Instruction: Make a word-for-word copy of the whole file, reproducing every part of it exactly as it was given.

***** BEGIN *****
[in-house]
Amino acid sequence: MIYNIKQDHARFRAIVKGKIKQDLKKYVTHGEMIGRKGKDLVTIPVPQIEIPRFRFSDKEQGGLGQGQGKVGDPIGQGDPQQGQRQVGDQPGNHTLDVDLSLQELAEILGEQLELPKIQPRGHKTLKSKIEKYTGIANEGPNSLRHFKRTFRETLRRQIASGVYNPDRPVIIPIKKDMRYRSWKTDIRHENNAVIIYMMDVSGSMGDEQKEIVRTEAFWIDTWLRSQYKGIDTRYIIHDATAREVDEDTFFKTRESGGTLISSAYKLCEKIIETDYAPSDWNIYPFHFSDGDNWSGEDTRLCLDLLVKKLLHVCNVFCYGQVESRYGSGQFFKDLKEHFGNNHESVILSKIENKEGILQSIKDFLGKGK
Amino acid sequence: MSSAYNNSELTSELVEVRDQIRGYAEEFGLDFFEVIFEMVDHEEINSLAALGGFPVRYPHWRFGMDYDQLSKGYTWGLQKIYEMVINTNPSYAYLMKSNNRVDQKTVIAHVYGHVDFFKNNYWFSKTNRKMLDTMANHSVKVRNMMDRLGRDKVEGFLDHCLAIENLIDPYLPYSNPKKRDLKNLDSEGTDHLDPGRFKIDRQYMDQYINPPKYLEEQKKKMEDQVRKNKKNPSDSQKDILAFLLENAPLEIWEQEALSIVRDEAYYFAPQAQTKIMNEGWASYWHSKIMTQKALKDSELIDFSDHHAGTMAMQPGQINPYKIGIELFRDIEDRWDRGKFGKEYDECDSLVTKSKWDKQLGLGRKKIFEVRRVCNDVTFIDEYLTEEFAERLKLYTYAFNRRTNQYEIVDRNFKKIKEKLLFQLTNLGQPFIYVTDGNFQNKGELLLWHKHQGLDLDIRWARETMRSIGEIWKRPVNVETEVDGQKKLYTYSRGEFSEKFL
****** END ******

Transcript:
[in-house]
Amino acid sequence: MIYNIKQDHARFRAIVKGKIKQDLKKYVTHGEMIGRKGKDLVTIPVPQIEIPRFRFSDKEQGGLGQGQGKVGDPIGQGDPQQGQRQVGDQPGNHTLDVDLSLQELAEILGEQLELPKIQPRGHKTLKSKIEKYTGIANEGPNSLRHFKRTFRETLRRQIASGVYNPDRPVIIPIKKDMRYRSWKTDIRHENNAVIIYMMDVSGSMGDEQKEIVRTEAFWIDTWLRSQYKGIDTRYIIHDATAREVDEDTFFKTRESGGTLISSAYKLCEKIIETDYAPSDWNIYPFHFSDGDNWSGEDTRLCLDLLVKKLLHVCNVFCYGQVESRYGSGQFFKDLKEHFGNNHESVILSKIENKEGILQSIKDFLGKGK
Amino acid sequence: MSSAYNNSELTSELVEVRDQIRGYAEEFGLDFFEVIFEMVDHEEINSLAALGGFPVRYPHWRFGMDYDQLSKGYTWGLQKIYEMVINTNPSYAYLMKSNNRVDQKTVIAHVYGHVDFFKNNYWFSKTNRKMLDTMANHSVKVRNMMDRLGRDKVEGFLDHCLAIENLIDPYLPYSNPKKRDLKNLDSEGTDHLDPGRFKIDRQYMDQYINPPKYLEEQKKKMEDQVRKNKKNPSDSQKDILAFLLENAPLEIWEQEALSIVRDEAYYFAPQAQTKIMNEGWASYWHSKIMTQKALKDSELIDFSDHHAGTMAMQPGQINPYKIGIELFRDIEDRWDRGKFGKEYDECDSLVTKSKWDKQLGLGRKKIFEVRRVCNDVTFIDEYLTEEFAERLKLYTYAFNRRTNQYEIVDRNFKKIKEKLLFQLTNLGQPFIYVTDGNFQNKGELLLWHKHQGLDLDIRWARETMRSIGEIWKRPVNVETEVDGQKKLYTYSRGEFSEKFL